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Western Artifacts at Ventura Exhibition

August 15, 1987|WILLIAM S. MURPHY

The Ventura County Historical Museum complements its historical displays--which trace the region from the days when Chumash Indians were its only inhabitants--by rotating a series of exhibits that appeal to a wide variety of cultural interests. Among recent successful showings were "The Golden Age of Carrousels," which delighted merry-go-round lovers, and an exhibit of Chinese, Japanese and Korean artifacts assembled from private collections throughout Ventura County.

The current exhibit, "Treasures From the Gilcrease Collection," has attracted hundreds of visitors, many of whom visited this museum, which is operated by the Ventura County Historical Society, for the first time. The 28 paintings and nine bronze sculptures on view are on loan from the Thomas Gilcrease Institute of American History and Art in Tulsa, Okla.

Gilcrease, who was born in Louisiana in 1890, settled in Oklahoma when it was Indian Territory. Oil was discovered on his family's land and he made a fortune in the burgeoning oil industry. His exposure to the great museums of the world fostered a desire to establish a museum in Oklahoma. Gilcrease spent 25 years amassing a collection of more than 8,000 artifacts, Western paintings, sculpture, and documents relating to the American frontier.

Bronze Sculptures

Represented in the exhibit are paintings and bronze sculptures portraying Indians, cowboys, soldiers and mountain men by such artists as Charles M. Russell, Frederic Remington, James Walker and Charles Schreyvogel. The exhibit, which was funded by Wells Fargo Bank, will be at the museum through Aug. 23.

Another gallery houses the unique George Stuart collection of historical figures. The nearly 200 quarter-life-size figures are rotated in the gallery every four months. Stuart, who lives in Ojai, taught himself to sculpt and work with metal, leather and cloth.

The figures are almost lifelike, a Lilliputian gathering of kings, queens and other famous people in history. It is the authentic detail of these doll-size characters that fascinates visitors: the ruby-studded, gold-embroidered dress worn by the Tudor Henry VIII of England; the miniature gold sword with its jewel-encrusted scabbard, which hangs at the side of the pompous French monarch, Louis XIV; the magnificent gown in which Marie Antoinette must have dazzled the court of husband King Louis XVI of France.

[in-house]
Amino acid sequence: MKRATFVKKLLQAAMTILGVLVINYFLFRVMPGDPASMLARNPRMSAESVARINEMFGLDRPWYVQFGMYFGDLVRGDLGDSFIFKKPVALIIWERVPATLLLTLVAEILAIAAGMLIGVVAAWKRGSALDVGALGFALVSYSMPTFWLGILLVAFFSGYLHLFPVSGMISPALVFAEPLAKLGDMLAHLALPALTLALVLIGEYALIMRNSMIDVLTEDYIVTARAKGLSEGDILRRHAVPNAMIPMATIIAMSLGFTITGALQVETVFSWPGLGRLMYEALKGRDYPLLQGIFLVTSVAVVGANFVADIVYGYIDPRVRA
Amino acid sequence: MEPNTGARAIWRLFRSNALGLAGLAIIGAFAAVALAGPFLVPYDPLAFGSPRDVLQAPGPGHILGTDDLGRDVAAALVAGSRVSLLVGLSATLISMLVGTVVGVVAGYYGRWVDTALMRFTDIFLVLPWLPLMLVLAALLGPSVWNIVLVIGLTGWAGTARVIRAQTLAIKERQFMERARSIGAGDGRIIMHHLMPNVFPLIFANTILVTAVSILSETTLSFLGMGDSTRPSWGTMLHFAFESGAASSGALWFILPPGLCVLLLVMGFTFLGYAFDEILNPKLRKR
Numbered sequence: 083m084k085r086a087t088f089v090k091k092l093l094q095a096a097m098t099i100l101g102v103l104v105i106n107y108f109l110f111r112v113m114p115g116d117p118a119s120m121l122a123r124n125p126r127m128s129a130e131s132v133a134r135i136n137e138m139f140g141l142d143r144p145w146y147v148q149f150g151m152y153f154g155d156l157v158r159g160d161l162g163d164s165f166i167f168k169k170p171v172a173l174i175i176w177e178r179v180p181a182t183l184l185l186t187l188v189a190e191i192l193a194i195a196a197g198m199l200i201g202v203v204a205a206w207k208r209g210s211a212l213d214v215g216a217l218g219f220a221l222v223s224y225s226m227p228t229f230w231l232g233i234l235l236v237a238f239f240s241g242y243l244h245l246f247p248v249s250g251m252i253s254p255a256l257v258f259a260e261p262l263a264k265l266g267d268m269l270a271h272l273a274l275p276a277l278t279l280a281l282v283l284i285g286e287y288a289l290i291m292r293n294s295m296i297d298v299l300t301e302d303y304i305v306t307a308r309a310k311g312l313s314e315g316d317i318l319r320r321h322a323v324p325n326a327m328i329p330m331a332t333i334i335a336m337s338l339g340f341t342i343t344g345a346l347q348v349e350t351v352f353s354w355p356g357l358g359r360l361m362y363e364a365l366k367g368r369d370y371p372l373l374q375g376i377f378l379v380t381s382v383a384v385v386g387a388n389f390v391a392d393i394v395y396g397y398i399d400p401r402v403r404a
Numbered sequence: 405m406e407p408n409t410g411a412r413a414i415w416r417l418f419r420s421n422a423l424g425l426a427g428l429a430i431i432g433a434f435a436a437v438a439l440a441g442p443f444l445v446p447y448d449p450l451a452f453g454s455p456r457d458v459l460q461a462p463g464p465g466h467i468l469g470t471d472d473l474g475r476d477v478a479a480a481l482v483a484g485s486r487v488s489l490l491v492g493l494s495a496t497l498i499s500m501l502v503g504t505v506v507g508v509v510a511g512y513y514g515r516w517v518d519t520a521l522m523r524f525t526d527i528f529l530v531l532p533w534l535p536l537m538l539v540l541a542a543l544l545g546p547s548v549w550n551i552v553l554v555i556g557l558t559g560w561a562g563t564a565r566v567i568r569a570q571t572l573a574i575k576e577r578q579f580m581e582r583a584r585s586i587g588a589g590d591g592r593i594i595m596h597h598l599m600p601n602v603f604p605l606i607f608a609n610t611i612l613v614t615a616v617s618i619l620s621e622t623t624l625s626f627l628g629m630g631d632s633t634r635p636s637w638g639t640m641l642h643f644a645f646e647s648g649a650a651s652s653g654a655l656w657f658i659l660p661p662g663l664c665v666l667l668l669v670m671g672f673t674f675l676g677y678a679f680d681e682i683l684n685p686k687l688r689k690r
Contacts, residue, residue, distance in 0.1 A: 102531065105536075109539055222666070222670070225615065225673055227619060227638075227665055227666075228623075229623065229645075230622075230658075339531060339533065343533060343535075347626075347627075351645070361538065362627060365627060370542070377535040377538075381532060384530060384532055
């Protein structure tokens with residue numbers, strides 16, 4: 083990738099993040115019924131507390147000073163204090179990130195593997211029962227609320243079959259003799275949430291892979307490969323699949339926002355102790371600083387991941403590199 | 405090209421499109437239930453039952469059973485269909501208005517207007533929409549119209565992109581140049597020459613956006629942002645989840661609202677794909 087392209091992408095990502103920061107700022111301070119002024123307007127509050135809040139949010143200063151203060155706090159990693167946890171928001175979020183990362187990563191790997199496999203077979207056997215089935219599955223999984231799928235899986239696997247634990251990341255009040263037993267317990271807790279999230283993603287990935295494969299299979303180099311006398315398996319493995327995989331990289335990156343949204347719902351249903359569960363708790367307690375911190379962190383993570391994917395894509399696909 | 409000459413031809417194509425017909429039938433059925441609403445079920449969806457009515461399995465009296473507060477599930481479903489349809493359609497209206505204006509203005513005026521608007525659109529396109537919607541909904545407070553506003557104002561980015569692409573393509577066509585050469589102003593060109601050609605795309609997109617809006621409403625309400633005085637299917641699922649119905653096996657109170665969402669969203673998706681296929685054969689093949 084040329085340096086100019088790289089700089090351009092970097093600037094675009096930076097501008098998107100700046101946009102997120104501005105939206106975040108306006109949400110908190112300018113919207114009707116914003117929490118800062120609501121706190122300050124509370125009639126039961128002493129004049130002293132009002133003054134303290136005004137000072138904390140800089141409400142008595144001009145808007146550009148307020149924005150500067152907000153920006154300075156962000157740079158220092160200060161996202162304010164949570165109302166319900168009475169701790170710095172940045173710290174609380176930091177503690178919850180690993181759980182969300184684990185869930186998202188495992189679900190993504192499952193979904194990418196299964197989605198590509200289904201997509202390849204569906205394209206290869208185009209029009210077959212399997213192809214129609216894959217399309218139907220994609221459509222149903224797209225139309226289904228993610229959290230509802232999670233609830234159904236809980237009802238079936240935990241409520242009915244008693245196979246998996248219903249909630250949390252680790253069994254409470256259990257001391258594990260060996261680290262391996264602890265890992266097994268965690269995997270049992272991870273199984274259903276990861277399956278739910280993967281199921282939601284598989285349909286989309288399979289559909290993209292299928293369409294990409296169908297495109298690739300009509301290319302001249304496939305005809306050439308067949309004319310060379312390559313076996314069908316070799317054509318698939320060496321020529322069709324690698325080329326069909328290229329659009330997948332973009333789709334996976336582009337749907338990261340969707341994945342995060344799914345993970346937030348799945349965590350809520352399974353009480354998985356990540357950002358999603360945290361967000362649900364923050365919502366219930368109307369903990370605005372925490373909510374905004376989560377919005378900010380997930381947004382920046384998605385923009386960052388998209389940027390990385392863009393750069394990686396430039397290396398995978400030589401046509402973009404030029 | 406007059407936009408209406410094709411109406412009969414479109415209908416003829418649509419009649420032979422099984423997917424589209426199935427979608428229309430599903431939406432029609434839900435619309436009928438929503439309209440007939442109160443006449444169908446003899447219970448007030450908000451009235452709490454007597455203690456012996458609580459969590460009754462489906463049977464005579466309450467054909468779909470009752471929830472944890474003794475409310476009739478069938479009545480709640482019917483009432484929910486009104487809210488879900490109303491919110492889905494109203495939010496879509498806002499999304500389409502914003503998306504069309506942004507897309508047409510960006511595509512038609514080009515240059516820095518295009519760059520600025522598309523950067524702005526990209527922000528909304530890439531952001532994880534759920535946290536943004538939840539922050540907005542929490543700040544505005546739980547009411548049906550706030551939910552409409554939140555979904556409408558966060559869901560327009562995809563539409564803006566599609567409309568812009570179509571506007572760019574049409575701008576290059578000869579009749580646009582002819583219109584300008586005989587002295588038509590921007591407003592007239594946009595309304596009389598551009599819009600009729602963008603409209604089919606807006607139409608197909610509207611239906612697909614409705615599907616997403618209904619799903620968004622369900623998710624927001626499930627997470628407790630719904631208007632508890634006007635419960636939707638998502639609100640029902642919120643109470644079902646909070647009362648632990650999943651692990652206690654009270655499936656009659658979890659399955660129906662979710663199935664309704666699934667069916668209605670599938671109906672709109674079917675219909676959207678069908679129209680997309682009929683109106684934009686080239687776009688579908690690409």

Other halls in the museum trace the county's past from the Oak Grove people, who archeologists believe lived in Southern California more than 7,000 years ago.

These Indians had learned to use a grinding stone to crush seeds into meal. Juan Rodriguez Cabrillo, the explorer credited with the discovery of California, anchored his two Spanish caravels near present-day Ventura in 1542, encountering Chumash Indian villages in an area that extended from Point Mugu to Santa Barbara County.

Fishermen in Canoes

They were a fishing people who commuted between the Channel Islands in finely crafted wood canoes. The second European to explore California was Spanish navigator Sebastian Vizcaino. His diarist, Father Antonio de la Ascension, commented on the quality of the canoes when he wrote that, since Noah's Ark, a finer and lighter vessel with timbers better made had not been seen. Visitors may view examples of Chumash basketry that are considered outstanding for their beauty and craftsmanship.

The museum is at 100 E. Main St. in downtown Ventura, across the street from the historic mission. Take the California Street exit off U.S. 101 to Main Street; turn left on Main. Hours are 10 a.m. to 5 p.m. Closed Monday. Information: (805) 653-0323. Admission is free.

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